The asylum seekers are criminally prosecuted because they have used false identity papers to flee their country of origin.
Although many do not even speak English they are brought before the courts and jailed for up to nine months. Most end up in Wormwood Scrubs, which was castigated for its appalling conditions by the chief inspector of prisons recently.
The office of the United Nations High Commissioner for Refugees has written to Mr Straw protesting that the current system of prosecuting asylum seekers is a breach of article 31 of the UN convention on refugees, which allows genuine asylum seekers to travel on false documents without being treated as criminals.
Last week the Crown Prosecution Service told its chief prosecutors not to proceed with outstanding prosecutions against such people. The decision follows comments by Lord Justice Simon Brown in the Divisional Court this month who said at the end of a judicial review of such cases that "there will be people in prison who should not be". A final judgment in the judicial review is expected next week and could have major implications for Mr Straw's Immigration and Asylum Bill, which has already run into storms of protest.
On Friday, a ruling by a panel of judges in the Court of Appeal, preventing Britain from returning asylum seekers who had arrived from France and Germany claiming persecution in their home country by people other than the state, threw the Bill into chaos. An unfavourable judgment at the Divisional Court would jeopardise another clause of Mr Straw's Bill, which allows for the prosecution of refugees who seek to enter Britain by deception.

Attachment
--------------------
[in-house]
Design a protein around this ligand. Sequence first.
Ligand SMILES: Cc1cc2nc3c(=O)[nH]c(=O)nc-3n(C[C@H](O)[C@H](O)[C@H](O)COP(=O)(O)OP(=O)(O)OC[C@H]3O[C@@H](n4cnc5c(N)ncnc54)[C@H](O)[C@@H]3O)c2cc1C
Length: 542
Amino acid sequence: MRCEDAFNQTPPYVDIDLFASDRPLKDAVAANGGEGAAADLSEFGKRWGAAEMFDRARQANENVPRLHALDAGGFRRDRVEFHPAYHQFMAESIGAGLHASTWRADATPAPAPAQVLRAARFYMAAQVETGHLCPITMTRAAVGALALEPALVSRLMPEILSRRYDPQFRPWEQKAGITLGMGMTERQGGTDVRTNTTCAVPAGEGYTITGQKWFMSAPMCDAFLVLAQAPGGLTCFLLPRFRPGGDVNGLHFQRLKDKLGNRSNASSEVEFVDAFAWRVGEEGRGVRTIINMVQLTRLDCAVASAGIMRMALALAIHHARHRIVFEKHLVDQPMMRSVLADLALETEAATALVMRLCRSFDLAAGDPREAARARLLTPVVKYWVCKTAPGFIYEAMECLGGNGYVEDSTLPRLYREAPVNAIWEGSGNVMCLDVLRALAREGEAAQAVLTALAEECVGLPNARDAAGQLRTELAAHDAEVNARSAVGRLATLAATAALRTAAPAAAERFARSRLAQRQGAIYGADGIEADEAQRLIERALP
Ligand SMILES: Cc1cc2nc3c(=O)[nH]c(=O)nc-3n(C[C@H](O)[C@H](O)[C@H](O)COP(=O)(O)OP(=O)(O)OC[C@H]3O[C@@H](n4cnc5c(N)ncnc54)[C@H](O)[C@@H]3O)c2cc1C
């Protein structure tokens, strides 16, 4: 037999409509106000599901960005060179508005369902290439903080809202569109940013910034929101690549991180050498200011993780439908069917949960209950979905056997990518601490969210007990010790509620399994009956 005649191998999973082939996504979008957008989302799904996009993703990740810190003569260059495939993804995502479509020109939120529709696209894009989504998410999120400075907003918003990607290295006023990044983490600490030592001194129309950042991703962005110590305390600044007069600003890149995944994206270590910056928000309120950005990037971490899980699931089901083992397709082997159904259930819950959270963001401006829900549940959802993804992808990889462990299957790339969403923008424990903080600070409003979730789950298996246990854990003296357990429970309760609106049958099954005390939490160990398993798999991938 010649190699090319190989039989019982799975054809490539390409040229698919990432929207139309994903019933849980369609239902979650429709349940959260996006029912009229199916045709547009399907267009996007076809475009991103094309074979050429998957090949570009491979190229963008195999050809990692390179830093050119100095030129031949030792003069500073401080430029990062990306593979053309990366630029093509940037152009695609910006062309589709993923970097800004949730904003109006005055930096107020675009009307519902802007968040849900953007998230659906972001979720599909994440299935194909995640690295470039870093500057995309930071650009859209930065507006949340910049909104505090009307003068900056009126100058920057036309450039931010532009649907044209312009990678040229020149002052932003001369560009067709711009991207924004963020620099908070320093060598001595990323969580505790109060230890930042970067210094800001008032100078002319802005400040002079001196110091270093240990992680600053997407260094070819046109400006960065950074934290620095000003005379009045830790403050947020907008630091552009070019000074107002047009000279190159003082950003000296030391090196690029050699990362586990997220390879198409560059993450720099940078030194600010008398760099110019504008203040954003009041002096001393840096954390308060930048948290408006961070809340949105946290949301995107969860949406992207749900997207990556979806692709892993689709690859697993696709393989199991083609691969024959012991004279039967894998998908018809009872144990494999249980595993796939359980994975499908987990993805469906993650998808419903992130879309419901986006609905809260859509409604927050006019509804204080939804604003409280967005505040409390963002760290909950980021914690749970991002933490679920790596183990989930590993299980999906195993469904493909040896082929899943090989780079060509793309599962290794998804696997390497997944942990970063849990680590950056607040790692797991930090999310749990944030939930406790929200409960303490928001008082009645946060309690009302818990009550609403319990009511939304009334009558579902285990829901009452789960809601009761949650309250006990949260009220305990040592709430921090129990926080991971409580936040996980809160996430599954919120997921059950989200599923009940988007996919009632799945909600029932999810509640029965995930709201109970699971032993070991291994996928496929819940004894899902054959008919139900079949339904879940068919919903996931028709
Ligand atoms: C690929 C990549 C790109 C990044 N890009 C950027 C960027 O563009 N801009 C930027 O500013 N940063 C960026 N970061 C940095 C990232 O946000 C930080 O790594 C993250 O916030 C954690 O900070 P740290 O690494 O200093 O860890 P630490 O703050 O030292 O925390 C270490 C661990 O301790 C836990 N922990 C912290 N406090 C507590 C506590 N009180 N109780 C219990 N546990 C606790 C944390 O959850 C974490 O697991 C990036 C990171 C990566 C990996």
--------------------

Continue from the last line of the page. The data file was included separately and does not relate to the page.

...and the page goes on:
The three cases considered in the judicial review include that of Astrit Kaziu, 27, a former bodyguard to former President Berisha of Albania.
Kaziu and his wife Eglantina were arrested at Heathrow Airport on their way from Athens to seek asylum in Canada. They were both convicted under the Criminal Attempts Act 1981 of obtaining services, namely an air flight, by deception and sentenced to six months. Kaziu was sent to Wormwood Scrubs, while his wife was detained at Holloway women's prison.
Kaziu is awaiting a decision on whether he will be accepted as a refugee. In Albania he survived two attempts on his life. He escaped to Greece after a warrant was issued for his arrest, claiming he tried to organise a coup while taking part in a pro-Democratic Party demonstration.
Solicitor Fiona Lindsley, representing Kaziu, said: "It is inappropriate that we should be prosecuting, much less imprisoning, people when they have genuine claims for asylum."
Lyndall Sachs, of the UNHCR, said: "Sometimes you have to resort to deception to get out of a country safely. We have written to the Government expressing our grave concern about this potential violation of asylum seekers' rights."Reuse content